April (I want a medal)

Life with teenagers is always interesting - although perhaps that's not the most apt word. Particularly for us during this last week where my oldest daughter turned 18 with all the obligatory festivities - including a family get-together where certain members hadn't seen each other for 14 years and would have happily continued that way. And why does the newly-minted 18-year old get all the congratulations? All she did is get older (which is something my mirror tells me I'm doing effortlessly at a rapid rate), whereas I'm the one who kept her (a) alive, (b) relatively normal, and (c) reasonably educated and trained in basic social norms. I mean, just feeding and hydrating a child is a never-ending task, let alone coping with the addition of a third basic need once puberty is reached - and I'm talking about the accoutrements here. You know, like mobiles, ipods, and the need to be draped in appropiately labelled clothing at all times.
But this week was made even more challenging by the fact she was getting her hair professionally coloured for her party, something she'd been looking forward to for months. Well, I don't know what happened but an attractive young lady with bouncy, light brown hair (with some blonde highlights) entered the salon but, three hours later, what emerged looked like a street-walker. And a physically ill one at that.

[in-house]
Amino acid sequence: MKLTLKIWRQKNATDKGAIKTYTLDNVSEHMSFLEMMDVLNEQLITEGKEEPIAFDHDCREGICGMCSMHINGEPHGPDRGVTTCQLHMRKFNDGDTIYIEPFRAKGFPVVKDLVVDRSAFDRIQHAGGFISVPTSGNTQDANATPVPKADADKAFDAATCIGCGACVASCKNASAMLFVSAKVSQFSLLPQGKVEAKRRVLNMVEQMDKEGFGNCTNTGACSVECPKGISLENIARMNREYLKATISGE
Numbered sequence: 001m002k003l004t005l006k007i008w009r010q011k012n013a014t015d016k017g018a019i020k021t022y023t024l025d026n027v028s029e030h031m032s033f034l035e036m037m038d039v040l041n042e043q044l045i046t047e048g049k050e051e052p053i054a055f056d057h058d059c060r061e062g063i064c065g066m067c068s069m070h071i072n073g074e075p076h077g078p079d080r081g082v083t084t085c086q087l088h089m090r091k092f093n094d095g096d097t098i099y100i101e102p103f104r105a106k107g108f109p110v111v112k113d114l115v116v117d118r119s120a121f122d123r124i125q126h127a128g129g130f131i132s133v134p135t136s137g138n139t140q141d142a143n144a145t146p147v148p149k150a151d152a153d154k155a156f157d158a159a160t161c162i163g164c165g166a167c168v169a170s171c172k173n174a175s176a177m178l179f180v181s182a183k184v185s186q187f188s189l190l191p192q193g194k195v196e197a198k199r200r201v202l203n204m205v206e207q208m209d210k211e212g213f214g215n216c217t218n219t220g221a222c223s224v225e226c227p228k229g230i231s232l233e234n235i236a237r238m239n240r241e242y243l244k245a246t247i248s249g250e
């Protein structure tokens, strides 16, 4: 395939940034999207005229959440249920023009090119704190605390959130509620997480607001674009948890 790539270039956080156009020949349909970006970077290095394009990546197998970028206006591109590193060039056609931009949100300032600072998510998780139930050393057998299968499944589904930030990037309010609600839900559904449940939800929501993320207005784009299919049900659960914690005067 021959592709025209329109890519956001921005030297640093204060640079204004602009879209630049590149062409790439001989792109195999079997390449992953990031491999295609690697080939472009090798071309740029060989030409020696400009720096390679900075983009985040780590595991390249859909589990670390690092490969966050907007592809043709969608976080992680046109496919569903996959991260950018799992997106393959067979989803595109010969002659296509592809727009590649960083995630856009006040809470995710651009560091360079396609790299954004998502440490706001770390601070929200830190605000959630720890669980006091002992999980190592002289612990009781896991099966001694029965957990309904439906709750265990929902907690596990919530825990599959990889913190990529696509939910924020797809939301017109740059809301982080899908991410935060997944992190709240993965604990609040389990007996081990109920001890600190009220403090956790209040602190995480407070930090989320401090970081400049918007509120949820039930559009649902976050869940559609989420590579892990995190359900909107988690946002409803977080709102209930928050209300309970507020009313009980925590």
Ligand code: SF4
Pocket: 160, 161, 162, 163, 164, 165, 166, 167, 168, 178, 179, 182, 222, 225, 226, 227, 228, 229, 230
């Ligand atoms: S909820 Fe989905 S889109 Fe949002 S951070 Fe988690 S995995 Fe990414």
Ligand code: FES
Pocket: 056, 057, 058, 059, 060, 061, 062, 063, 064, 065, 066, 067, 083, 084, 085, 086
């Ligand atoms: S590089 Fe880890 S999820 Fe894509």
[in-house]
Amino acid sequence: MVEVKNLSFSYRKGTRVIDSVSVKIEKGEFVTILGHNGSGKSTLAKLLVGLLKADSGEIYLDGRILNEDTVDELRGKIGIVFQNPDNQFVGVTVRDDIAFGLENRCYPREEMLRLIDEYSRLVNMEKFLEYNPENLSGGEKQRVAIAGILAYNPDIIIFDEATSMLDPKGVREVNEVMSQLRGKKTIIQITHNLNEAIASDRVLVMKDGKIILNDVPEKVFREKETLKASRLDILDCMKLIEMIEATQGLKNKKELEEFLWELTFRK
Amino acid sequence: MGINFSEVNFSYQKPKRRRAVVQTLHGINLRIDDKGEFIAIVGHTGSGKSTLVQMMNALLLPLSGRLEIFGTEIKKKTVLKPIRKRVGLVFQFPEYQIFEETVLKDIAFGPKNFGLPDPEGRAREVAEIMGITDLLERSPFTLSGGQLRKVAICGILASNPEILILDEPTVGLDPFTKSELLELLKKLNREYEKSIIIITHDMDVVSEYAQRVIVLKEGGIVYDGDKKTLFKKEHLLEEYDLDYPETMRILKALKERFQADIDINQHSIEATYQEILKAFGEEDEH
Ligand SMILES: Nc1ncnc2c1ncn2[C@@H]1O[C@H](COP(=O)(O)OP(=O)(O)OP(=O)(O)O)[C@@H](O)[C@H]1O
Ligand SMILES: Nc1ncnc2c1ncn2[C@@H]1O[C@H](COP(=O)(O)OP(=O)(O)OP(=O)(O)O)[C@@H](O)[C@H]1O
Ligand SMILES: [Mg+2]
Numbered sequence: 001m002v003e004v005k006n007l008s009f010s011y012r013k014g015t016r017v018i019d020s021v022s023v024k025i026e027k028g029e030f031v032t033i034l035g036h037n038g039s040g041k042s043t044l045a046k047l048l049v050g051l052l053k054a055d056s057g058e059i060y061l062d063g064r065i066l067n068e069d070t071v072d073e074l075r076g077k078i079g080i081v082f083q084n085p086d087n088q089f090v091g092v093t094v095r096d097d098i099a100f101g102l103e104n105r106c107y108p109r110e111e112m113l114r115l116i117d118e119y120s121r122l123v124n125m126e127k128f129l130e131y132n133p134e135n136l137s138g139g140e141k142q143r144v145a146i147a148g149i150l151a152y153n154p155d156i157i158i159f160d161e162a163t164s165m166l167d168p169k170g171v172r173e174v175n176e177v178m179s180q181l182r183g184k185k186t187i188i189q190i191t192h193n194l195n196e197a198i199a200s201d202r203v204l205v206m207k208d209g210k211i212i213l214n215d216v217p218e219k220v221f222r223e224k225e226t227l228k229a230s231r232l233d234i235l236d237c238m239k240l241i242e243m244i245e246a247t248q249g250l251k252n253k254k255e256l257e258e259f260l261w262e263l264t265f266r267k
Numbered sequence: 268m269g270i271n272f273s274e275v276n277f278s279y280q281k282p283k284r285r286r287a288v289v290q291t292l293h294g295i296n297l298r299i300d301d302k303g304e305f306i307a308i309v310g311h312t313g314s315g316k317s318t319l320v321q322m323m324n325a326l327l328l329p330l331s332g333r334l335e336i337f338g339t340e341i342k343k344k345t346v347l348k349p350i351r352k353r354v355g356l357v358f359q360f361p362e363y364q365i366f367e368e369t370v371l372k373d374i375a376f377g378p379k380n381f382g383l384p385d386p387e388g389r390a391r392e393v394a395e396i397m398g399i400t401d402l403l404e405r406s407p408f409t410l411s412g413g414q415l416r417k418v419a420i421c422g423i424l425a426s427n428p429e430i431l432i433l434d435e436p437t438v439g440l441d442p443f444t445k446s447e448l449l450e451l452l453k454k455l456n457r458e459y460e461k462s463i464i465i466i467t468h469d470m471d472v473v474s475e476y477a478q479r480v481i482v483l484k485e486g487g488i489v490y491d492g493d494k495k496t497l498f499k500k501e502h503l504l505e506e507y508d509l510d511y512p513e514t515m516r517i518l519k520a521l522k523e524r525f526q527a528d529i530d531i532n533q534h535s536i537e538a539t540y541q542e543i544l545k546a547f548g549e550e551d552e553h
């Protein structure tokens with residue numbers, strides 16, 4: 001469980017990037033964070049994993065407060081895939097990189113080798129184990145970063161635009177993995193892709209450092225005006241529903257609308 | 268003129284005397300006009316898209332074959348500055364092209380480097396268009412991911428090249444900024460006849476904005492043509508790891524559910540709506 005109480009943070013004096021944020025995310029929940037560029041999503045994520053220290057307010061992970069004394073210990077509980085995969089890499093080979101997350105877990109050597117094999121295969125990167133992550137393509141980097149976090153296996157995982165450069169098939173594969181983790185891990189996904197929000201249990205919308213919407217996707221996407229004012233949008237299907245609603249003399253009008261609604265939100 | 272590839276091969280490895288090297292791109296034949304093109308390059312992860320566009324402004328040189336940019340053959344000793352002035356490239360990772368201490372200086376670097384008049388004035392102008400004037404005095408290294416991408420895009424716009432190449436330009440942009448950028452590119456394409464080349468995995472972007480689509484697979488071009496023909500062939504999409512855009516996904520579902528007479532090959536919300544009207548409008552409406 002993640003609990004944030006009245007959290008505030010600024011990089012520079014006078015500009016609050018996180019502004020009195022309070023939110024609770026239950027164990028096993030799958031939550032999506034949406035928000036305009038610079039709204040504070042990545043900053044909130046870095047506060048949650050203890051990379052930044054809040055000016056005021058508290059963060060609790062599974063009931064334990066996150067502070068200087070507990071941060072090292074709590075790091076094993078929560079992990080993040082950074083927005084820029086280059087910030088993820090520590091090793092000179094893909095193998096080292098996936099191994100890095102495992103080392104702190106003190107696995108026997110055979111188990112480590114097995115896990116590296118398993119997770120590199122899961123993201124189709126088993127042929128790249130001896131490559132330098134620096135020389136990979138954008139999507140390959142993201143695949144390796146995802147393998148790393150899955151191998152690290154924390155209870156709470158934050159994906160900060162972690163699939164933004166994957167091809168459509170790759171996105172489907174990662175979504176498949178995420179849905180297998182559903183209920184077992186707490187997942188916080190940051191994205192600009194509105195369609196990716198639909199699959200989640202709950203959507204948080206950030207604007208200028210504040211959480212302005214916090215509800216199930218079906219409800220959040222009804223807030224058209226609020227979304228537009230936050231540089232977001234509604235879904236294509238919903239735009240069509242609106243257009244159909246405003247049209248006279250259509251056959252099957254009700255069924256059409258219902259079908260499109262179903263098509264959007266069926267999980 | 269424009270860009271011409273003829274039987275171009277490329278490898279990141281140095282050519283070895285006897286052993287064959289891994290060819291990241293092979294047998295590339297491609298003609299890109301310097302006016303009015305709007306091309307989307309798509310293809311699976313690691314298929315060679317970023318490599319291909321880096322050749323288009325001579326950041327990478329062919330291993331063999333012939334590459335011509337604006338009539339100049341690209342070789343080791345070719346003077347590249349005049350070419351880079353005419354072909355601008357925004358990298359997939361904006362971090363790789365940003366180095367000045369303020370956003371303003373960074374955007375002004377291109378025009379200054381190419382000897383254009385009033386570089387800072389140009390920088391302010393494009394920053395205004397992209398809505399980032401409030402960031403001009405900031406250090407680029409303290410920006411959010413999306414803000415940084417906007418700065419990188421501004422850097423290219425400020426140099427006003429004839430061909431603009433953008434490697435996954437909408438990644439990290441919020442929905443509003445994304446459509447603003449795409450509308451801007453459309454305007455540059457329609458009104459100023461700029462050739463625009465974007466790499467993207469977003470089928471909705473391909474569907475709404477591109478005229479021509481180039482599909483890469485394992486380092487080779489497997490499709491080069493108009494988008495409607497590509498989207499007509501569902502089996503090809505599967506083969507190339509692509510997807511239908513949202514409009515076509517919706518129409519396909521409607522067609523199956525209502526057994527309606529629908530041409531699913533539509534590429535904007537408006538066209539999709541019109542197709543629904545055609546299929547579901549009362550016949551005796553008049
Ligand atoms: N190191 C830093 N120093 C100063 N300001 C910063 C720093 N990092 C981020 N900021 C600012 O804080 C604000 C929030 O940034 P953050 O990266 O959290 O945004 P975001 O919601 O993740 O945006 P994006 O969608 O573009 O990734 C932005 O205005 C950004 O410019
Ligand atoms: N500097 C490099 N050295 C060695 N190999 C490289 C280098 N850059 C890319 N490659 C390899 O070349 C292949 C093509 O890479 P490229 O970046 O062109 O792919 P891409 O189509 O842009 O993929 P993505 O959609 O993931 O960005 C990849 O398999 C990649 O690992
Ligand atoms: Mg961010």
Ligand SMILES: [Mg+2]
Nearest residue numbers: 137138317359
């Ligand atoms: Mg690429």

The colour could best be described as 'Platinum Mildew Ash', except that I'm guessing they would then get few takers (in fact I suspect she was the first anyway). Overall, it was a dead, flat platinum, with a hint of old-woman grey and some pond-green tinges whenever it caught the light. Have I mentioned that this particular offspring is quite a pale child? Well, now she looked like a corpse. And not a particularly fresh one either.
As you can imagine this event was followed by several days of varying degrees of loudly articulated fury (okay, that was mainly me), interspersed with a litany of muttered angst (that was her). But anybody who has spent time with an unhappy teenager will have some idea what the atmosphere is our house was like. And if you're wondering why we didn't go back to the salon - we did. And I have to say they were very supportive and didn't charge anything for the further three hours spent putting in a quantity of lovely honey-brown foils that were meant to give some depth but were almost immediately consumed by the Platinum Mildew Ash. I have never seen a hair colour so voracious. It should be launched onto the stock market forthwith - it'd devour Wall Street (and all those greedy CEO's) overnight. So anyway the salon was a waste of time because despite their best efforts, back home I went, still accompanied by the manic-depressive corpse bride.
The situation was eventually (somewhat) resolved by an emergency run to the supermarket for hair-dye but I can tell you it was a stressful few days. So congratulate her? Huh! I should get a bloody medal.

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